The man in the baseball-type cap was clear about his task. He was selling weapons at a gun show in Sharonville, Ohio. And he wasn’t troubled about the minutiae of the law.
“I don’t need your address,” he said, shaking his head and waving a dismissive hand across his face. “Nothing.”
“No background check?” asks a skeptical potential buyer.
“Just show me that you’re from Ohio,” the seller said.
The buyer sounded relieved. “That’s good about the background check,” he said, “because I probably couldn’t pass one.”
“I don’t care,” the seller said. Then, with a chuckle and a toothy smile, he added, “because I wouldn’t pass either, bud.”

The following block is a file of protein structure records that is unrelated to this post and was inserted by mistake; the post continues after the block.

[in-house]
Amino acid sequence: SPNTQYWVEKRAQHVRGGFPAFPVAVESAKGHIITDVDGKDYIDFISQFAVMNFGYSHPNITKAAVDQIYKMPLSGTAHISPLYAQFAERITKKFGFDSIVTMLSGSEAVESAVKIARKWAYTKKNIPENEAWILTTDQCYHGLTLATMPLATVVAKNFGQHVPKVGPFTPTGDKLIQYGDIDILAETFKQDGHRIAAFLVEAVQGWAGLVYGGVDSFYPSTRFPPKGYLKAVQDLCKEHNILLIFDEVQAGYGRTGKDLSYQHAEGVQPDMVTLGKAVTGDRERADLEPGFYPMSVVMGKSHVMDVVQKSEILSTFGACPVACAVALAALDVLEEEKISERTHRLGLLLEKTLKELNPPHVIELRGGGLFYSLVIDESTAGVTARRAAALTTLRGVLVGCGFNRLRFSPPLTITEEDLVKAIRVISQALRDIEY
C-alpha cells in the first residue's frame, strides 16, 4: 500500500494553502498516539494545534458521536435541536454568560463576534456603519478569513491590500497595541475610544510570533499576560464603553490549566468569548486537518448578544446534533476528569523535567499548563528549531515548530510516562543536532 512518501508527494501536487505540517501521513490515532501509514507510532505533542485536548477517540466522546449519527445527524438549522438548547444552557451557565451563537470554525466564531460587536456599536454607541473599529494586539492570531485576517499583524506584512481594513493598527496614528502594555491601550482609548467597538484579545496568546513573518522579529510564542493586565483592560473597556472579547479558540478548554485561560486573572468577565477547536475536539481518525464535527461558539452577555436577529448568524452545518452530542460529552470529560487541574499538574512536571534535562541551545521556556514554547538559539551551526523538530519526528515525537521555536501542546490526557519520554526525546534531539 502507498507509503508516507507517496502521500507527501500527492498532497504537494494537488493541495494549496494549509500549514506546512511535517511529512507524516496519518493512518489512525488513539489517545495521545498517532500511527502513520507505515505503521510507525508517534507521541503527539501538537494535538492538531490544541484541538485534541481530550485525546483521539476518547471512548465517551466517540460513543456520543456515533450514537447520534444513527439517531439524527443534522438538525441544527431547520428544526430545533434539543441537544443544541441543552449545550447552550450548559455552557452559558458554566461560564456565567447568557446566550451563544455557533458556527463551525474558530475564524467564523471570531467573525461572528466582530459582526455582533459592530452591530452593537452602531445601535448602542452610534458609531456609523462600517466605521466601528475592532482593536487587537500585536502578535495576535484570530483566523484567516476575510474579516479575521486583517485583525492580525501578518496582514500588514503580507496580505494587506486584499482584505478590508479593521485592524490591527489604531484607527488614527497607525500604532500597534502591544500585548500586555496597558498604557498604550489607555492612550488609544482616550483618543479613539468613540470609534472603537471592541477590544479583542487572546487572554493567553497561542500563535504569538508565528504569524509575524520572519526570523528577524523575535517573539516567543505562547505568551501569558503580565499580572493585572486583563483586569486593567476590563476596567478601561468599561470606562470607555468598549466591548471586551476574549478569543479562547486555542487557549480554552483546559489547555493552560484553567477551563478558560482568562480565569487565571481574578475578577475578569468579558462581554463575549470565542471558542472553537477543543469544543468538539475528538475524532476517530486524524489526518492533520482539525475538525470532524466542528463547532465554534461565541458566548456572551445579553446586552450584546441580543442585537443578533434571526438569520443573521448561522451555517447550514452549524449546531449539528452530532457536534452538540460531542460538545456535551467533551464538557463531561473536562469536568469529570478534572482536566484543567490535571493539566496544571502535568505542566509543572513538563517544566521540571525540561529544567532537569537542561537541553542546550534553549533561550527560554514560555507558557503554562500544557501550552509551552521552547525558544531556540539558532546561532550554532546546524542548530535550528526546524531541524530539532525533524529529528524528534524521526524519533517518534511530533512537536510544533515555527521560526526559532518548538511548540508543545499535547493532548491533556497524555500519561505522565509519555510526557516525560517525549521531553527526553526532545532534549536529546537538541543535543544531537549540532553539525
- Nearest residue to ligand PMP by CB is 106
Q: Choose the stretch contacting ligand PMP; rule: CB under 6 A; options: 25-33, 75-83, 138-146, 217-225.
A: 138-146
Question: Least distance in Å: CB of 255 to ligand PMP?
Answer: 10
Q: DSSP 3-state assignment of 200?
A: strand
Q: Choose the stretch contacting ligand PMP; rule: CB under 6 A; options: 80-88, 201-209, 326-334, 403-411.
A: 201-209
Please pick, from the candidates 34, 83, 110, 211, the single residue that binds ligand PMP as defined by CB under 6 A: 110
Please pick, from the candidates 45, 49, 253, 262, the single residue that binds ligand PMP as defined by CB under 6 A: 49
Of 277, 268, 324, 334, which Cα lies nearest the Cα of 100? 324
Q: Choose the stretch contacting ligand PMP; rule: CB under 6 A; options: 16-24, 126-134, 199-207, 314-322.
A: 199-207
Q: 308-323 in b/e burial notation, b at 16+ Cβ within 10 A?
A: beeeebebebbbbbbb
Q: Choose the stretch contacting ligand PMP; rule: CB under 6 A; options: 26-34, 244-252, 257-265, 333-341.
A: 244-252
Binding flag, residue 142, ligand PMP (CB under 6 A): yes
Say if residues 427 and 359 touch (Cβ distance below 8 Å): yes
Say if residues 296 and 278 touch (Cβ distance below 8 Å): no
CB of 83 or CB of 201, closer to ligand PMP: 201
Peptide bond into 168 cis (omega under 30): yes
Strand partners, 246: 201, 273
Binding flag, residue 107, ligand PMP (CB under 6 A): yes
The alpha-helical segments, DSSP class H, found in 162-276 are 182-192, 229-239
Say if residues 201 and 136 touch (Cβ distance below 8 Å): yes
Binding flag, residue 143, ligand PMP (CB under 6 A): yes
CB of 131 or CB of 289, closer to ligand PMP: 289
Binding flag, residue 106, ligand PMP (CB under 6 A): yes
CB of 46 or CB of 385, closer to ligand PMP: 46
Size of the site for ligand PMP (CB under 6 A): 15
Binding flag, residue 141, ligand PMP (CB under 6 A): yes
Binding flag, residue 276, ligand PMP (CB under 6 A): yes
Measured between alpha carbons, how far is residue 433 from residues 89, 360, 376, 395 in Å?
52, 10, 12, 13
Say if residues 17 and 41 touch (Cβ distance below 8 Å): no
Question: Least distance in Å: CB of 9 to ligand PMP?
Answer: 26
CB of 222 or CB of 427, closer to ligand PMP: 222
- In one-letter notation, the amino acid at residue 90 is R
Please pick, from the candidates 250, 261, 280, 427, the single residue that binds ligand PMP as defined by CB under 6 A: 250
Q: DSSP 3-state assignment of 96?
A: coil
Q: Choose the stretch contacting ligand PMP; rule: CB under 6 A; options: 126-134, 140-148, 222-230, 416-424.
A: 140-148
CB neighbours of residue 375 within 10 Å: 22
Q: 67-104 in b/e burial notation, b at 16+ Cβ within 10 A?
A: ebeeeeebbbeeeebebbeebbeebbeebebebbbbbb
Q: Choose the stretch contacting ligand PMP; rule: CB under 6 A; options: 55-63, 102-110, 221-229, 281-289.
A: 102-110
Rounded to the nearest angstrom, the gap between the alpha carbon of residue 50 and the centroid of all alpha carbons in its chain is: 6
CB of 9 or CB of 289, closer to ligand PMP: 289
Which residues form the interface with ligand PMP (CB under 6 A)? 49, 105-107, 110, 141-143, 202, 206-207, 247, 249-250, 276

Undercover investigators for the New York City mayor’s office secretly filmed this transaction earlier this year as part of a seven-city and three-state study on how easy it is for people who can’t pass a background check to get a gun. Just attend one of the thousands of local guns shows held every weekend across America. Odds are that if the money is green, the dealer will sell a gun. In most cases, no questions are asked.
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